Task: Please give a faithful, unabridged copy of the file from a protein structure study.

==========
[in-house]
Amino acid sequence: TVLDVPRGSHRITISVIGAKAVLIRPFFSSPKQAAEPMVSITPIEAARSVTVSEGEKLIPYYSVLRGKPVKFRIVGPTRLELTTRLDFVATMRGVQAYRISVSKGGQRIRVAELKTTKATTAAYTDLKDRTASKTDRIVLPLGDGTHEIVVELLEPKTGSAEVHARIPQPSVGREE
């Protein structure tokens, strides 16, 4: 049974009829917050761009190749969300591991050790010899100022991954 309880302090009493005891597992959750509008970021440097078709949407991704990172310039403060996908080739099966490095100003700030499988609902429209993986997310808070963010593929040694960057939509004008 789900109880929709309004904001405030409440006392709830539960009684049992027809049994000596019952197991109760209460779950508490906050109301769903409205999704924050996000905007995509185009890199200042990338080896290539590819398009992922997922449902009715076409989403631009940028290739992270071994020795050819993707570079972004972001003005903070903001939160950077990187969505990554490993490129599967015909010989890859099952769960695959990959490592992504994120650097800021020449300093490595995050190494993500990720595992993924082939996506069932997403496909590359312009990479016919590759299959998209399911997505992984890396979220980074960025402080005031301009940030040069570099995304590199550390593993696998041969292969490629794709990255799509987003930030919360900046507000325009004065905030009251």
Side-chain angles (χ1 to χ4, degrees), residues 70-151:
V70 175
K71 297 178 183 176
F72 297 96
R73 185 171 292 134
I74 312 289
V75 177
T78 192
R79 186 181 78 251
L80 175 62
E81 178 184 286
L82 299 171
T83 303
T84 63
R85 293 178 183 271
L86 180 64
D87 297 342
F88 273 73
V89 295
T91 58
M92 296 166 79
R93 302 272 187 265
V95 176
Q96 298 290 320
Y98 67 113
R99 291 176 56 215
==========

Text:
[in-house]
Amino acid sequence: TVLDVPRGSHRITISVIGAKAVLIRPFFSSPKQAAEPMVSITPIEAARSVTVSEGEKLIPYYSVLRGKPVKFRIVGPTRLELTTRLDFVATMRGVQAYRISVSKGGQRIRVAELKTTKATTAAYTDLKDRTASKTDRIVLPLGDGTHEIVVELLEPKTGSAEVHARIPQPSVGREE
């Protein structure tokens, strides 16, 4: 049974009829917050761009190749969300591991050790010899100022991954 309880302090009493005891597992959750509008970021440097078709949407991704990172310039403060996908080739099966490095100003700030499988609902429209993986997310808070963010593929040694960057939509004008 789900109880929709309004904001405030409440006392709830539960009684049992027809049994000596019952197991109760209460779950508490906050109301769903409205999704924050996000905007995509185009890199200042990338080896290539590819398009992922997922449902009715076409989403631009940028290739992270071994020795050819993707570079972004972001003005903070903001939160950077990187969505990554490993490129599967015909010989890859099952769960695959990959490592992504994120650097800021020449300093490595995050190494993500990720595992993924082939996506069932997403496909590359312009990479016919590759299959998209399911997505992984890396979220980074960025402080005031301009940030040069570099995304590199550390593993696998041969292969490629794709990255799509987003930030919360900046507000325009004065905030009251």
Side-chain angles (χ1 to χ4, degrees), residues 70-151:
V70 175
K71 297 178 183 176
F72 297 96
R73 185 171 292 134
I74 312 289
V75 177
T78 192
R79 186 181 78 251
L80 175 62
E81 178 184 286
L82 299 171
T83 303
T84 63
R85 293 178 183 271
L86 180 64
D87 297 342
F88 273 73
V89 295
T91 58
M92 296 166 79
R93 302 272 187 265
V95 176
Q96 298 290 320
Y98 67 113
R99 291 176 56 215